I thought I'd touch the hem of F1 today by attending the inaugural F1 Fans' Forum at the British Academy of Film and Television Arts in London's Piccadilly.
The idea of this was to provide a Question Time format in which fans could pose questions to a selection of key participants from the sport, comprising McLaren Team Principal Martin Whitmarsh, Lotus Racing Team Principal Tony Fernandes, Mercedes race engineer Jock Clear, Ferrari Press Officer Luca Colajanni, and Force India test and reserve driver Paul di Resta.
The overall concept here is a good one, for F1 fans are genuine financial stakeholders in the sport: the income streams upon which both the teams and Bernie Ecclestone's business are dependent, are ultimately predicated upon the existence of a huge global television audience. Alienate these people, then, at your peril.
Today's event was chaired in a polished fashion by ex-ITV F1 commentator, James Allen, and it was noticeable that every member of the panel was able to organise their thoughts and speak in an impressively coherent and intelligent manner. F1 folk clearly become very well trained in answering any and all questions popped at them.
There were no big surprises in any of the answers, although Martin Whitmarsh took the opportunity to endorse the plan for driver-adjustable rear wings next year, and there was wide general support for the return of F1 test days at Silverstone. One member of the audience made an interesting suggestion that each team could be given a finite fuel allocation for the season, to use as they see fit; teams with more fuel-efficient engines might therefore be able to gain testing miles as a reward for their environmental-friendliness.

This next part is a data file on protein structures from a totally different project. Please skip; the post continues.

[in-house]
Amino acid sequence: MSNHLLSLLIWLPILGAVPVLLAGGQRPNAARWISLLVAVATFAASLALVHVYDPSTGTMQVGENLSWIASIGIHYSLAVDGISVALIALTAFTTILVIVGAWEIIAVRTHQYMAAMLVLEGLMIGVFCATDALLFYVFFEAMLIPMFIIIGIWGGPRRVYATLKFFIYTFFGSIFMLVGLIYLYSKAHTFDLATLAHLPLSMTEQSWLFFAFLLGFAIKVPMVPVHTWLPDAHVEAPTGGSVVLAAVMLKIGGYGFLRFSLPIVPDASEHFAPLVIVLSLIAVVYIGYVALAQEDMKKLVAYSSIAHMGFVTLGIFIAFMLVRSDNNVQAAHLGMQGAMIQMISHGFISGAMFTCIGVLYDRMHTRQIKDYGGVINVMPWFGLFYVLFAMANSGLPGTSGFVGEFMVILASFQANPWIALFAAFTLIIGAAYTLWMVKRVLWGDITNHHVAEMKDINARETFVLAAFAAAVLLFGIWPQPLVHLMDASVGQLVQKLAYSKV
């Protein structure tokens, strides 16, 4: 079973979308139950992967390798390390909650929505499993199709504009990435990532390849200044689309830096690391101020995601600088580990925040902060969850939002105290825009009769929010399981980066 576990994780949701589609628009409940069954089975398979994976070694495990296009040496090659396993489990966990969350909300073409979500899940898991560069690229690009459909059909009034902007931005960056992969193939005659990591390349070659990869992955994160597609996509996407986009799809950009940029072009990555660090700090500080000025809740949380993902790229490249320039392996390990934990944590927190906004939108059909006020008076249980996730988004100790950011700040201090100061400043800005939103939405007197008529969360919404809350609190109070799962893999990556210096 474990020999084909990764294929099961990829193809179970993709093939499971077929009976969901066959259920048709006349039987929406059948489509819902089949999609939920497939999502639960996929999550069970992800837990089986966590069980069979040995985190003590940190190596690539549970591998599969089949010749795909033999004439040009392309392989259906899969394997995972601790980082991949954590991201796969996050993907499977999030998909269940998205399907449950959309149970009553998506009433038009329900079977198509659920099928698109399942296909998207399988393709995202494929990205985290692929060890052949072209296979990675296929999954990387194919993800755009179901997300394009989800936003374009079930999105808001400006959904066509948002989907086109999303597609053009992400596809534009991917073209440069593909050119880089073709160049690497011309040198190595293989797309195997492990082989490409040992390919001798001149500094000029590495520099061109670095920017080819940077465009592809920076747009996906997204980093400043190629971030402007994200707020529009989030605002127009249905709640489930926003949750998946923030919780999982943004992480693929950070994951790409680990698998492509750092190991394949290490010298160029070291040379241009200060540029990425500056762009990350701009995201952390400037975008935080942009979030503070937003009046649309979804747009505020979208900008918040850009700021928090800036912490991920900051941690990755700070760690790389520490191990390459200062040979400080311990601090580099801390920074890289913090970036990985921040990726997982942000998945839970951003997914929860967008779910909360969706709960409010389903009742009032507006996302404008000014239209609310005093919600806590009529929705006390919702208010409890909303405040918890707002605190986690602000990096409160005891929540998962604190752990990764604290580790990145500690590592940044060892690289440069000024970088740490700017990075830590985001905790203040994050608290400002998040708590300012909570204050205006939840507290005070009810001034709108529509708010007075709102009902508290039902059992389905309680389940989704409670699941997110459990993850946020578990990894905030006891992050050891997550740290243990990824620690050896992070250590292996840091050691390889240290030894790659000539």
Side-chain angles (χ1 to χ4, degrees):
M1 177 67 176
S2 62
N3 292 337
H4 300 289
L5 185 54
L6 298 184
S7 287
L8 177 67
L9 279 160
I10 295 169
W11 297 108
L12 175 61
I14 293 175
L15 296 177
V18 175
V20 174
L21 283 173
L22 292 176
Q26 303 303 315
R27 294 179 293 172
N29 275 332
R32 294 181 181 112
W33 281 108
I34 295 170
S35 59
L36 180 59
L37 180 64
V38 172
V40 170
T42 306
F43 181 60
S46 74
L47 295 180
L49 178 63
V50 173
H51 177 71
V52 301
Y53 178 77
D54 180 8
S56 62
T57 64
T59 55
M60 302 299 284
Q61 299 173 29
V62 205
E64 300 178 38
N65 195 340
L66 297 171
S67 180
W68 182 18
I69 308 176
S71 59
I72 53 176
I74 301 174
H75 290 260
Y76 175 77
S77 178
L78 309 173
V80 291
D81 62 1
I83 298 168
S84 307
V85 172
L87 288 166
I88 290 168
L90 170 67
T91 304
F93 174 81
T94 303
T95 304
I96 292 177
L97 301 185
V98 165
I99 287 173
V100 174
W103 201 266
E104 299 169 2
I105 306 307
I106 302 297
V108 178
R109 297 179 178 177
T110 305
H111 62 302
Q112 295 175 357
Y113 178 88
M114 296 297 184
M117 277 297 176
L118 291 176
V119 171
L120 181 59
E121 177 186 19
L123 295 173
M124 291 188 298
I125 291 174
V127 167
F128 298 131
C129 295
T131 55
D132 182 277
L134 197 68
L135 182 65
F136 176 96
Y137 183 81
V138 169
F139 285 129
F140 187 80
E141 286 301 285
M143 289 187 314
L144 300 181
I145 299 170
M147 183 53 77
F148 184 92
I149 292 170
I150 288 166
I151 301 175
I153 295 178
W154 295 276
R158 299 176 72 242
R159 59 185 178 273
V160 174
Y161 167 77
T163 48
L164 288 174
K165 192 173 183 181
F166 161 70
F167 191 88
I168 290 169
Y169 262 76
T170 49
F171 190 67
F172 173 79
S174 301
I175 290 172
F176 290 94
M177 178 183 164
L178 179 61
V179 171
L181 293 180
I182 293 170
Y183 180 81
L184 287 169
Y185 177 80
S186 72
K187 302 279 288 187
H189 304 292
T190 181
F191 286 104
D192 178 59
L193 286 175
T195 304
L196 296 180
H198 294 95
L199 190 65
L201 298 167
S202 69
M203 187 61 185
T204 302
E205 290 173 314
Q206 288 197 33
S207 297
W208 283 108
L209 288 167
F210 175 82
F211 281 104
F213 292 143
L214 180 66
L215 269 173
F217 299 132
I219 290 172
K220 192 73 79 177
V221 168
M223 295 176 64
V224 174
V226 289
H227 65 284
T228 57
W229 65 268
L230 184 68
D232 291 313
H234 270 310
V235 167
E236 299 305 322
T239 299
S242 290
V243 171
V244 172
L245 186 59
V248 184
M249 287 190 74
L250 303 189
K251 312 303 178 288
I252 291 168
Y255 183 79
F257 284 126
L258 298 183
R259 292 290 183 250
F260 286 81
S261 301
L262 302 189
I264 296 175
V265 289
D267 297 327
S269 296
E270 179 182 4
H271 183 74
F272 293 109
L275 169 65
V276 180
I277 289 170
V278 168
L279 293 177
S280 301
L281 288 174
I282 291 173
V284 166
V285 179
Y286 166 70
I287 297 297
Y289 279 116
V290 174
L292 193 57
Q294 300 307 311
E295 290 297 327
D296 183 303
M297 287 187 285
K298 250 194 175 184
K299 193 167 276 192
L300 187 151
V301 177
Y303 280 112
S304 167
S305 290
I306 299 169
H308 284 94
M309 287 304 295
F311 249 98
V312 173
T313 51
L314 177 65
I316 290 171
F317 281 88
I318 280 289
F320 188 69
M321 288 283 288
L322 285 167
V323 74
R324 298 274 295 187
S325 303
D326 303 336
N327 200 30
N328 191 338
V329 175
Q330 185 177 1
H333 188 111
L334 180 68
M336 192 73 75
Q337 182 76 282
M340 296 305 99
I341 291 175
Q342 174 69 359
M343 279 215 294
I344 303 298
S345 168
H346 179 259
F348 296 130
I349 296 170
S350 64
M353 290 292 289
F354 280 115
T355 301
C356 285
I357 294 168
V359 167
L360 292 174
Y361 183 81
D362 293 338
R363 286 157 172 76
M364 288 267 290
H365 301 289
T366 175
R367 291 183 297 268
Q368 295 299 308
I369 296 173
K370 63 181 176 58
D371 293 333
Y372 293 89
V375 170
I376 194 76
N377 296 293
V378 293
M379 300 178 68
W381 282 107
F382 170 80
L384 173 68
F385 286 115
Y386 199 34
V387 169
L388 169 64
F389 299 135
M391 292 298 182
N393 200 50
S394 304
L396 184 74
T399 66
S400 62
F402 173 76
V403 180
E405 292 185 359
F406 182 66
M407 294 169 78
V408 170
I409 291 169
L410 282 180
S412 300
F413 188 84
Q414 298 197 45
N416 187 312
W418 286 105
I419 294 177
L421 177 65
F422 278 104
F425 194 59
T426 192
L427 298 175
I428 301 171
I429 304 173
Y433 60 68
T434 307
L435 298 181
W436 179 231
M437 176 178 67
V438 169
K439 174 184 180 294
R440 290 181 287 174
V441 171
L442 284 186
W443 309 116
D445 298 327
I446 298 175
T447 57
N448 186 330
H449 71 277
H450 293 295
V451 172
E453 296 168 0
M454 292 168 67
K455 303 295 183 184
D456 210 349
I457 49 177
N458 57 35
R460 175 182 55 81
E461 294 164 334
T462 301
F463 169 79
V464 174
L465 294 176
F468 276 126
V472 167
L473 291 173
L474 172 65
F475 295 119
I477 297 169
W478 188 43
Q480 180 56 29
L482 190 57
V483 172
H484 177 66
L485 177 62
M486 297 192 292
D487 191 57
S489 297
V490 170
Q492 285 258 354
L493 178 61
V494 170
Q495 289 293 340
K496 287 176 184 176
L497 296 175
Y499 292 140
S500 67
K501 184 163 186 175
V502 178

PR-impresario Nav Sidhu was much in evidence, looking much like a finalist in The Apprentice, and I also spotted ex-F1 racing editor, Matt Bishop, looking rather well fed in his role as head of McLaren communications. Jonathan Legard and Ted Kravitz were also in attendance, Ted looking rather jolly, Jonathan looking quite animated. And, rather surprisingly, long-time F1 engineer Frank Dernie turned up, Frank suggesting from the back of the hall, in typically contrarian style, that there's no evidence whatsoever that increased mechanical grip makes for better racing.
All in all, it was a perfectly fine event. One suggestion for next time, to spice things up a little, would be to remove the pre-vetting of questions...